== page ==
Brian Peacock

Signal Data Hub Re-design

March 2015
Signal Data Hub Re-design

While working for Signal I was asked to lead the redesign of their flagship product, Signal Data Hub, which had become unwieldy to use after several years of adding features as user requirements changed. This project was further complicated by a number of internal stakeholders including sales, marketing and client services who all had legitimate interests in the user interface. Finally, the new design needed to be feasible for development in 2-3 months. The design process proceeded as follows:

  1. Mapped out the existing information architecture (IA) of the application and a hypothesized improved architecture.
  2. Interviewed users and stakeholders to understand their perspective on how features are used and organized. Iterated the IA based on feedback.
  3. Met with developers to understand the difficulty of changing features of the IA. Modified the IA to meet development restrictions, while still addressing usability concerns.
  4. Developed interactive wireframe mocks of new application. These mocks were devoid of visual design features to prevent distraction from core usability questions.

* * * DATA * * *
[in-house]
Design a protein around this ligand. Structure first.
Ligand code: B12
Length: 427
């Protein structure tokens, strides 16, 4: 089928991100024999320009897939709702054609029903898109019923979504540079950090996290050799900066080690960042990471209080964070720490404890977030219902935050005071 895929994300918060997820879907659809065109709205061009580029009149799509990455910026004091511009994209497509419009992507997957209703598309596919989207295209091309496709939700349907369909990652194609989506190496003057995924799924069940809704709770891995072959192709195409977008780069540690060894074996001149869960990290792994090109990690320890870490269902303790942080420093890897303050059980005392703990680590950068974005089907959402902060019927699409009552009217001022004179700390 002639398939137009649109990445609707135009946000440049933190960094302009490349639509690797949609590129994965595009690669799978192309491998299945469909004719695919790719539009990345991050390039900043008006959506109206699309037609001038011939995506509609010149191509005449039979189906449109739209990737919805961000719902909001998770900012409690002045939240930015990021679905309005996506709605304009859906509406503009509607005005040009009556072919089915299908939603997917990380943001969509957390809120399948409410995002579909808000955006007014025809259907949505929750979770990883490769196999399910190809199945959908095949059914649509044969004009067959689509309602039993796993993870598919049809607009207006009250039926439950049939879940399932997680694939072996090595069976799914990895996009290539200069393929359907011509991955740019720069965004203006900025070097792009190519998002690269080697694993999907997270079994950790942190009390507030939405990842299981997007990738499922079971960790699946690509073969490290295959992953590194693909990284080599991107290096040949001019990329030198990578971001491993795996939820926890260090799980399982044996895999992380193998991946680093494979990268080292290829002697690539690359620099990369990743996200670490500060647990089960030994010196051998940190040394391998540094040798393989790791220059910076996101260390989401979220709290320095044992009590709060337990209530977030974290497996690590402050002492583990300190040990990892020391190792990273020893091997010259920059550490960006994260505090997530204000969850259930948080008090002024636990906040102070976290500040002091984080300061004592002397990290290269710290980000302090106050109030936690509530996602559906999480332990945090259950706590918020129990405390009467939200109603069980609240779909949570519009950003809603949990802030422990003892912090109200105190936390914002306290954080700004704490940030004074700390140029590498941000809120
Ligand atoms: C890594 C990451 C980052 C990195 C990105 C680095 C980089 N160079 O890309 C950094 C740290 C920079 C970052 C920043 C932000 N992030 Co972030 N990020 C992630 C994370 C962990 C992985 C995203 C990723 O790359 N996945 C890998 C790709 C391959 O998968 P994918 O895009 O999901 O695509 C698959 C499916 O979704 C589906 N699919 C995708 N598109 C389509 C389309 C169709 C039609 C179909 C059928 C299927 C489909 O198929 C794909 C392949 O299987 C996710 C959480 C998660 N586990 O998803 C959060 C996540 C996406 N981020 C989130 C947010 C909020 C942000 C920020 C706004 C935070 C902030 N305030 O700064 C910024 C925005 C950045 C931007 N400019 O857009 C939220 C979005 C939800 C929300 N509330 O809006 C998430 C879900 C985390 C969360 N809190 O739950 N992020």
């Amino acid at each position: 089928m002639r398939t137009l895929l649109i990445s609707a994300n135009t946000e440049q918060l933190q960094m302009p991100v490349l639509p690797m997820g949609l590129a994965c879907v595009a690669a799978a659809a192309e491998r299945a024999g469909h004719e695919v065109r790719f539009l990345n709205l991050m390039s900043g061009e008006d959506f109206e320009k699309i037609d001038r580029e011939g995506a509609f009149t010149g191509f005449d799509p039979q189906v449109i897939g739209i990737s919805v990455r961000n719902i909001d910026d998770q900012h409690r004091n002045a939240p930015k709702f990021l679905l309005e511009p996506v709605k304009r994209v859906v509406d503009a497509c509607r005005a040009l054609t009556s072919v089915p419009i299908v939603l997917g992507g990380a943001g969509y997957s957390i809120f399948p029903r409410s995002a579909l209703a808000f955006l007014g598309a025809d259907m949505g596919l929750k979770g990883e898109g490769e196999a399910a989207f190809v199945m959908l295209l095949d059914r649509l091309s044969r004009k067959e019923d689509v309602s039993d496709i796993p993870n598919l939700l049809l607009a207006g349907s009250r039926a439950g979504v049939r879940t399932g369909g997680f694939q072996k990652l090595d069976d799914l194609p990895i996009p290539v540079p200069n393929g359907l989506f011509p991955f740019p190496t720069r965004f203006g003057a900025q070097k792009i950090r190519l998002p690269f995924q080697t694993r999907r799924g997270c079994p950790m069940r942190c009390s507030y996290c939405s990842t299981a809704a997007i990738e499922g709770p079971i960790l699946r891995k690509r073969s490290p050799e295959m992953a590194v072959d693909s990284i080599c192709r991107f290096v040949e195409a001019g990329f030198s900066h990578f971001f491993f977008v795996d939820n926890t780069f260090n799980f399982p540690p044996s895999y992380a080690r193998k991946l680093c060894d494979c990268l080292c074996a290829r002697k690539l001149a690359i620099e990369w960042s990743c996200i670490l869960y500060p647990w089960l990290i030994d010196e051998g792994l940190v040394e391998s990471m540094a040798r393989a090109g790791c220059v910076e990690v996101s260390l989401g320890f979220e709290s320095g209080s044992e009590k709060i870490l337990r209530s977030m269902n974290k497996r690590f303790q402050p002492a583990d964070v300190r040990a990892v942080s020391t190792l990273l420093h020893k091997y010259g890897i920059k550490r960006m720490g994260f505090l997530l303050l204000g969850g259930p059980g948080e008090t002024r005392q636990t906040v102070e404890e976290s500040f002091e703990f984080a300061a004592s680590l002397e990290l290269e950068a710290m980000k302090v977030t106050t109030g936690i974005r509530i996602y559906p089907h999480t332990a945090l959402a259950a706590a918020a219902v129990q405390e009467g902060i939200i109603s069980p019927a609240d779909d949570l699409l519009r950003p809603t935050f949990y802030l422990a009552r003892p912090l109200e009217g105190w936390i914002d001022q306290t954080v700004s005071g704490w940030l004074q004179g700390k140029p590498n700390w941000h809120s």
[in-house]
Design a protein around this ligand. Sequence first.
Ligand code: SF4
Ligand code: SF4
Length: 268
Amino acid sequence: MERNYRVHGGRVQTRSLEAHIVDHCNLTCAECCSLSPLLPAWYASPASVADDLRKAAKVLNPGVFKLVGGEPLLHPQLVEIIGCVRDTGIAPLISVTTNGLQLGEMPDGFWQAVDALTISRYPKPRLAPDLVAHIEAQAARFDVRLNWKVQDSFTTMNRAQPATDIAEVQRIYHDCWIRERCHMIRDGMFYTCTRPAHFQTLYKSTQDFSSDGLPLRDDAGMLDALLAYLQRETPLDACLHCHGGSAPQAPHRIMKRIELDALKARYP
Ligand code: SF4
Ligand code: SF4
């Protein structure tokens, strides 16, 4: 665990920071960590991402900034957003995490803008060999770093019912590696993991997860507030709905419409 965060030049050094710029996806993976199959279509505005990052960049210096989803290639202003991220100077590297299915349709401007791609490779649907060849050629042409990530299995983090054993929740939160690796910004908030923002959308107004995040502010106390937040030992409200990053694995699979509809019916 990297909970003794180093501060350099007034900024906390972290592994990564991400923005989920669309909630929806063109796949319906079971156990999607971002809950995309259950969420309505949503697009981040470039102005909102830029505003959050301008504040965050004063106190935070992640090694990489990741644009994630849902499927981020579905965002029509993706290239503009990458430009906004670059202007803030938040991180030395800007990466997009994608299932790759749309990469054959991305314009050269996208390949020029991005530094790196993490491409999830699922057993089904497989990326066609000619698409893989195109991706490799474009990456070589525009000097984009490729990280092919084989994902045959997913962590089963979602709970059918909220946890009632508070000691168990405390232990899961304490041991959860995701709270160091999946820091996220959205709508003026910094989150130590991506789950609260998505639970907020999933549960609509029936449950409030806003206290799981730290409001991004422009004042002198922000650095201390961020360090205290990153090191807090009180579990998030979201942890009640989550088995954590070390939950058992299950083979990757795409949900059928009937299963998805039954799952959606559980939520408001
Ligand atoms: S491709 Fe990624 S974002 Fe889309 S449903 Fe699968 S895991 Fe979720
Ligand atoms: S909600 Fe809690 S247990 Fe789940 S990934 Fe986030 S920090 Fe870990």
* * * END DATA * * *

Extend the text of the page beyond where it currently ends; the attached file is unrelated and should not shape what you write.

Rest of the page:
5. Tested interactive mocks with users and stakeholders and incorporated feedback into subsequent iterations.
  6. Developed visual design standards for the new application in concert with other designers from throughout the organization. By sampling design elements from existing materials and developing other elements mutually, we made strides towards improving brand consistency.
  7. Transferred interactive mocks and visual design standards to developers. Answered questions as they came up and performed final quality assurance.

Once implemented, the new design for Data Hub was released to several customers in Beta form first and then launched to all customers after only two weeks of minimal tweaking. Using a thorough design process we were able to provide users with much needed improvements without significantly disturbing their usage patterns and save significant development costs by minimizing rework.